As a record-breaking flood of applications looms on the horizon, the Yale admissions office has worked to create more space for regular applicants in the class of 2013 by cutting back on the number of students admitted early compared to last year.
This year, the total number of applications to Yale College is approaching 26,000, according to preliminary counts, up from 22,817 total applications last year, Dean of Admissions Jeff Brenzel said Monday. Although Brenzel denies that the expected increase in applications was the reason behind the decline in early acceptances, the office accepted nearly 150 fewer early applicants than last year, despite a record high number of early applications. Ten college guidance counselors interviewed said worries about running out of room for qualified regular candidates — of which there may be more than ever this year — might have prompted the cutback in early acceptances.
Brenzel maintained that the office simply returned to early admissions policy employed prior to last year, when 885 students were accepted early to the class of 2012. He said it was not a reaction to an anticipated rise in regular applications, which he said have increased proportionally to early applications.
Last year, he said, the admissions office accepted a high percentage of early applicants because it expected a lower yield of early admits after the cancellation of early programs at Harvard and Princeton universities. But because the yield dropped only slightly, Brenzel said he felt the office should limit early admits to leave space for regular applicants.
“On the one hand, the early pool is very strong and we want to reach out to the most outstanding students who apply early,” he said in an e-mail. “On the other hand, many of the very best candidates do not apply until the regular process, and we want to make sure we have plenty of room to offer them places.”
“It’s a balancing act,” he added.
The college counselors interviewed agreed that this year’s “balancing act” favors regular applicants more than last year’s. It is well within the realm of possibility that more spots were left for regular applicants because more students were expected to apply in the regular round, several college counselors said.
Admissions offices typically track the number of regular applications in the months prior to the deadline, comparing tallies of applications to benchmarks during past years, said Andrew McNeill, senior associate director of college counseling at the private Taft School in Watertown, Conn. If Yale had seen high totals of regular applications as the Dec. 15 decision deadline approached, the admissions office could have chosen to leave more spaces open for regular applicants.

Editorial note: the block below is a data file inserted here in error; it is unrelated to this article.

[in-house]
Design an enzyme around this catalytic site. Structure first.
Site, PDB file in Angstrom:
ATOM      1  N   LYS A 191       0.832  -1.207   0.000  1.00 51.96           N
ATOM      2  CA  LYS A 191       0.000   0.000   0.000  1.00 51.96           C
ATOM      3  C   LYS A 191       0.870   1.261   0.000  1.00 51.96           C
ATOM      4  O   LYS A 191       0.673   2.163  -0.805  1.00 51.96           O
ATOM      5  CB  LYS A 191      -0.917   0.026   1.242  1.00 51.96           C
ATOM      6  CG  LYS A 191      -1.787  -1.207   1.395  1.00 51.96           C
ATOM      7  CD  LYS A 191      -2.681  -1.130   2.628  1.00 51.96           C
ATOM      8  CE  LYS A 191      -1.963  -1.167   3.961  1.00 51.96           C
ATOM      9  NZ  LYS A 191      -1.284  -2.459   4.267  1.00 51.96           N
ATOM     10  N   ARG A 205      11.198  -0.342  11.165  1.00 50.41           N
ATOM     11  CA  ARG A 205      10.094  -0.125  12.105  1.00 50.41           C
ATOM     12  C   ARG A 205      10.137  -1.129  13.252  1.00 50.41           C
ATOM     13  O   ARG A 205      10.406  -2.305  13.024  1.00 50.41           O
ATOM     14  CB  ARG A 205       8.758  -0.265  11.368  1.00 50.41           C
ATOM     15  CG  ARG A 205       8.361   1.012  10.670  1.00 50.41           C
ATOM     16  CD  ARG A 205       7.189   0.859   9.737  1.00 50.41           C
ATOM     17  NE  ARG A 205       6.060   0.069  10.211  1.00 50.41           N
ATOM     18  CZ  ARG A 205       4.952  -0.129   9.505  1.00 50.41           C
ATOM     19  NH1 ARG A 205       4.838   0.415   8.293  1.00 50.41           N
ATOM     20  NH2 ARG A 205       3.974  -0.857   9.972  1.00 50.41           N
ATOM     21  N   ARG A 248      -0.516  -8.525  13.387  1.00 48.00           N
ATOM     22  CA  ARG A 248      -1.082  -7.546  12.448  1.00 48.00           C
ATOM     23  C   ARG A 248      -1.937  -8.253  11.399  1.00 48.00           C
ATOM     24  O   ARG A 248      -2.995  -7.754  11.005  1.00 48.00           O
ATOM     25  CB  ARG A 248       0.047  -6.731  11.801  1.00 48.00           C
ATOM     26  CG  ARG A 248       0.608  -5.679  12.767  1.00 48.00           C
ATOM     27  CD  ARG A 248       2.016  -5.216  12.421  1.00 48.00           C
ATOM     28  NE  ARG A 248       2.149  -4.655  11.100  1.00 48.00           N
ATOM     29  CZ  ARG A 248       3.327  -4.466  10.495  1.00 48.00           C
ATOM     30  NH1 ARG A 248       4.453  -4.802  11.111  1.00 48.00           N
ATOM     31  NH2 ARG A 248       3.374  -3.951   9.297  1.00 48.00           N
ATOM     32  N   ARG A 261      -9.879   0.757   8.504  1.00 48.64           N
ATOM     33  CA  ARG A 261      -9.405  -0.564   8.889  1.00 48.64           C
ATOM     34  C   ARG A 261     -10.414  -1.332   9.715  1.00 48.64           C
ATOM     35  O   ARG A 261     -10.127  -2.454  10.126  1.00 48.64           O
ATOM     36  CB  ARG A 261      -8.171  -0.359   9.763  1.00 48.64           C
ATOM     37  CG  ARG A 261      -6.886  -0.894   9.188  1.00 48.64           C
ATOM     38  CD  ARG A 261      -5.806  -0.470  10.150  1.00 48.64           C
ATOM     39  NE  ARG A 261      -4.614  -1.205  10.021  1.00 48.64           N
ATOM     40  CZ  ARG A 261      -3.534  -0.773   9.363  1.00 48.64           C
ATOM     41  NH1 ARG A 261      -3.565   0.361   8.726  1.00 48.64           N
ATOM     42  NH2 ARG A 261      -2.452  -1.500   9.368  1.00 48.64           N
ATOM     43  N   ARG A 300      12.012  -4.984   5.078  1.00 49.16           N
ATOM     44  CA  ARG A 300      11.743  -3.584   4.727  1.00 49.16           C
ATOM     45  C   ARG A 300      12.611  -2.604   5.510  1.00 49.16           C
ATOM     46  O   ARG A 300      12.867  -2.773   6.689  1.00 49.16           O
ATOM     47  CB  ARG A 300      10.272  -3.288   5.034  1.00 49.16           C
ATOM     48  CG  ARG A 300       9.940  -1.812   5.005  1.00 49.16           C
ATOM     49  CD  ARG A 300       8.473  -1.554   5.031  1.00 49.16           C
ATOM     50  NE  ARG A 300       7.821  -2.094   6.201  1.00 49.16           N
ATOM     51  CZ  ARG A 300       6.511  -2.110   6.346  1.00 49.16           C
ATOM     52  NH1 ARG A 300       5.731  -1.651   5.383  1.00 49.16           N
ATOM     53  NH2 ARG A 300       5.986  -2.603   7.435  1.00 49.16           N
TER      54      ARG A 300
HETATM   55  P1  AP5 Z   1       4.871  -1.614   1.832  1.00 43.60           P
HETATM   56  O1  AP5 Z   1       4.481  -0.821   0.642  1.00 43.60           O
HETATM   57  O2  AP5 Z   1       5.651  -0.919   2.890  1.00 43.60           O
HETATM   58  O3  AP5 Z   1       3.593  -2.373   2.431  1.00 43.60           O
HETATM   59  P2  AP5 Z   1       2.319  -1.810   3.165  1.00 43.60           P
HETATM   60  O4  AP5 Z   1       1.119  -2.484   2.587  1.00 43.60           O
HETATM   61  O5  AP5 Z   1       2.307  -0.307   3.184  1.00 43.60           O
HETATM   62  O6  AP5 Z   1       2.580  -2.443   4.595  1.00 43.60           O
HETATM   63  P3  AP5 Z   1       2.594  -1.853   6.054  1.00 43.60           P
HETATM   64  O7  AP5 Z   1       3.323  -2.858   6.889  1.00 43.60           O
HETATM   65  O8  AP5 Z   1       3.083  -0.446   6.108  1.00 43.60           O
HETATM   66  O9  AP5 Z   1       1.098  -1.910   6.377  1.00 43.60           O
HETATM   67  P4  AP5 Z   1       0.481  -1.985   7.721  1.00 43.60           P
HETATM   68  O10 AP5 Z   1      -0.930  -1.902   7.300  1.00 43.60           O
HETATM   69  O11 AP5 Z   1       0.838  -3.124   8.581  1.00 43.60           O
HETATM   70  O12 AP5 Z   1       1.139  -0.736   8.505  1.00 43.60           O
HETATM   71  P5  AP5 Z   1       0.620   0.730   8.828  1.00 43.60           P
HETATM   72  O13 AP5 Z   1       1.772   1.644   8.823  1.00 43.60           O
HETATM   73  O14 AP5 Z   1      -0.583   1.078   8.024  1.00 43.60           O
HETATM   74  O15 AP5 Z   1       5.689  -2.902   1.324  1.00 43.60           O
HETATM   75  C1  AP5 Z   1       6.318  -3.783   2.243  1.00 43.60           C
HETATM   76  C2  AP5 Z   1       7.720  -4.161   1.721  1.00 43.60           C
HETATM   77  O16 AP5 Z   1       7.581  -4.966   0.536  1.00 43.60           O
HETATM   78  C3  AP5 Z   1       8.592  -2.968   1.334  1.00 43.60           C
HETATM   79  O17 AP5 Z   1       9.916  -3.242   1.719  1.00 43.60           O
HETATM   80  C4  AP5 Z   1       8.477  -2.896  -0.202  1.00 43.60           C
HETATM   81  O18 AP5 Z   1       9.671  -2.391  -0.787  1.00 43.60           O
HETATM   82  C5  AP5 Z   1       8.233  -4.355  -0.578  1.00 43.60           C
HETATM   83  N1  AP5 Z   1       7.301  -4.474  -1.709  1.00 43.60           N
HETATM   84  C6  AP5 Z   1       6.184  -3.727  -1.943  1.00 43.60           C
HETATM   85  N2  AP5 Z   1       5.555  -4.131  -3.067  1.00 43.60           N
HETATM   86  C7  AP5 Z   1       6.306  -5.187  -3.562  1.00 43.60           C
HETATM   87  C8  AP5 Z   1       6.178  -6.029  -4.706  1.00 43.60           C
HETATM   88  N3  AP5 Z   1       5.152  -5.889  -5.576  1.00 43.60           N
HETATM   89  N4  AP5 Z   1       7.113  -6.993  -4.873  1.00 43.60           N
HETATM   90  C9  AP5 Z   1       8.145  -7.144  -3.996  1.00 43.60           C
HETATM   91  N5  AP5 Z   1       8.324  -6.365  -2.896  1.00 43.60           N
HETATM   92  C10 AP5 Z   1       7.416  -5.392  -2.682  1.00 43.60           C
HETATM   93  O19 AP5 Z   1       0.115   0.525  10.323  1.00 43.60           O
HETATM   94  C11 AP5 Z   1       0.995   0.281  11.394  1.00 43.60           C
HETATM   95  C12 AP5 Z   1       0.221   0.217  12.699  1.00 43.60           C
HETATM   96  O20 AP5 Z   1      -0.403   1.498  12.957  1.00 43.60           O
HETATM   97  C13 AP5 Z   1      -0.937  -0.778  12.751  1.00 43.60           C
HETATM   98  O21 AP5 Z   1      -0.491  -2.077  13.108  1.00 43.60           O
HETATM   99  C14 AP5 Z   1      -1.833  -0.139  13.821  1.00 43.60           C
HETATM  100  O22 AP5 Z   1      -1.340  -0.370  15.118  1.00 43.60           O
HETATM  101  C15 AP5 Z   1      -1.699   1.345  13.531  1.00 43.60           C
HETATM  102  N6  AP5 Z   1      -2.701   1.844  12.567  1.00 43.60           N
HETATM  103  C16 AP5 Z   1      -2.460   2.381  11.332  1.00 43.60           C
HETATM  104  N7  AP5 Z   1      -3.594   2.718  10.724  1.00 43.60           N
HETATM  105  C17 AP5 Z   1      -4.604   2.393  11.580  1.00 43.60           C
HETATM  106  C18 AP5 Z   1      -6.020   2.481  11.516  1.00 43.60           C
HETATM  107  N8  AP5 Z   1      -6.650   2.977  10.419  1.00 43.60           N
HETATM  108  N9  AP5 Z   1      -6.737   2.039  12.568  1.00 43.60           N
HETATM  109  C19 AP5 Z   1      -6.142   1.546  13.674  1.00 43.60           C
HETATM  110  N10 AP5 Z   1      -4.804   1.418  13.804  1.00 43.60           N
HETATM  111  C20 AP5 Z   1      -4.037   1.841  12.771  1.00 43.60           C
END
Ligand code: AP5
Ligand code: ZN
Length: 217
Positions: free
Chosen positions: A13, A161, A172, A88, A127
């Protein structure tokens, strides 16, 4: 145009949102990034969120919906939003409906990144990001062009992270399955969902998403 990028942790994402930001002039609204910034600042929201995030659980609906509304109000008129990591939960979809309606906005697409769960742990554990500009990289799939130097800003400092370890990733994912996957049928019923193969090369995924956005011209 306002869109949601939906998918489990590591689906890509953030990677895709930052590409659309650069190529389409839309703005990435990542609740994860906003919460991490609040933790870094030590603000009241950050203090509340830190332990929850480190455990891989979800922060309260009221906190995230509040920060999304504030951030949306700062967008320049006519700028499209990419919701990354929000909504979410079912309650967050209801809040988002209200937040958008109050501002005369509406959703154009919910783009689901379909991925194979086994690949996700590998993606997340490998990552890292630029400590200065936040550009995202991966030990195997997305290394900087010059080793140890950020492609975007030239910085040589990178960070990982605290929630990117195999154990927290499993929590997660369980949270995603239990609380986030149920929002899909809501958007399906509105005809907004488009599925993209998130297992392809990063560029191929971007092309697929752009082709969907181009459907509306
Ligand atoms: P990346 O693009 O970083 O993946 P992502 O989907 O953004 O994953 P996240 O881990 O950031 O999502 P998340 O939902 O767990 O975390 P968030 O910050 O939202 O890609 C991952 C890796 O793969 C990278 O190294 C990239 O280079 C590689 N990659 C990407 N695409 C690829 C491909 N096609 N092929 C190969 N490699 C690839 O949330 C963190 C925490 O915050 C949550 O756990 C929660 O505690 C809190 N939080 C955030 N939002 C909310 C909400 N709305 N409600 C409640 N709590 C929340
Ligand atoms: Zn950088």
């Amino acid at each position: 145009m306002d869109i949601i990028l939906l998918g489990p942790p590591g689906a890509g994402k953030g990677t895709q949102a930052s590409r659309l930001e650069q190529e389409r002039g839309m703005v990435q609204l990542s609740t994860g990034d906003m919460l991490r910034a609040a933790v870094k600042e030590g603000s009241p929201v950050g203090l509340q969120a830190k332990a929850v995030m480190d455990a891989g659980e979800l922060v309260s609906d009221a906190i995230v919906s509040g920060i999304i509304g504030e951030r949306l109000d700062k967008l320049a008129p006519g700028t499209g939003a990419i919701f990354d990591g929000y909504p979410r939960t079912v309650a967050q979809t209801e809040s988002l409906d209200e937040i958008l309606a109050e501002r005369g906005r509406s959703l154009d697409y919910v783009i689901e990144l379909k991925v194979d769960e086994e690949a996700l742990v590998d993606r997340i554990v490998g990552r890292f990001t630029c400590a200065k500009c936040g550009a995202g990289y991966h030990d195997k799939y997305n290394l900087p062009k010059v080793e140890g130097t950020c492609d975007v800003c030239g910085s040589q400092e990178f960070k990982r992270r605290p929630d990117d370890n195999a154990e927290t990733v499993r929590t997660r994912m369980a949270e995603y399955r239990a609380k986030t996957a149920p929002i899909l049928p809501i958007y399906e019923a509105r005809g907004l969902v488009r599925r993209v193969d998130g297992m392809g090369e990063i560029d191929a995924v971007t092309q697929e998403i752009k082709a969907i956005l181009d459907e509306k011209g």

Brenzel said the admissions office took only one action in anticipation of high application totals: hiring two additional admissions officers.
Yale may have adjusted its approach to early admissions if it found that it lacked space in its class for highly qualified regular applicants in past years, said Maria Morales-Kent, director of college counseling at the Thatcher School near Santa Barbara, Calif., and a former regional admissions officer for the University of Pennsylvania.
“Admissions committees learn from year to year,” she said. “When they weren’t as conservative [in offering early admissions offers], they found themselves with such a wonderful regular pool, they were thinking, ‘Wow, we’ve already filled all those spots.’ ”
While Yale’s impetus for leaving more spaces for regular applicants remains a subject of debate, the impact will nonetheless be positive, eight of the 10 admissions officers interviewed said.
By accepting fewer students early, Yale will help alleviate the admissions frenzy and rush to apply early, said Jon Reider, director of college counseling at San Francisco University High School.
“Yale does not want 5500 early applications — people are just chasing the brand,” he said. “The argument will be at the end of this year that you’ve got almost the same chance if you apply regular.”
Focusing more heavily on regular applications is also more equitable for students who come from less advantaged backgrounds, said Jane Horn, director of college counseling at the private Kent Denver School.
“It’s fair to assume that a reasonable percentage of students in that early action pool have a lot of counseling,” she said. “Students that don’t have a lot of access to high quality college counseling and apply regular deserve a chance.”
Brenzel said the admissions office plans to accept between 1,900 and 2,000 applicants for the class of 2013, similar to past years. He said he anticipates the office will also accept some students from the wait list.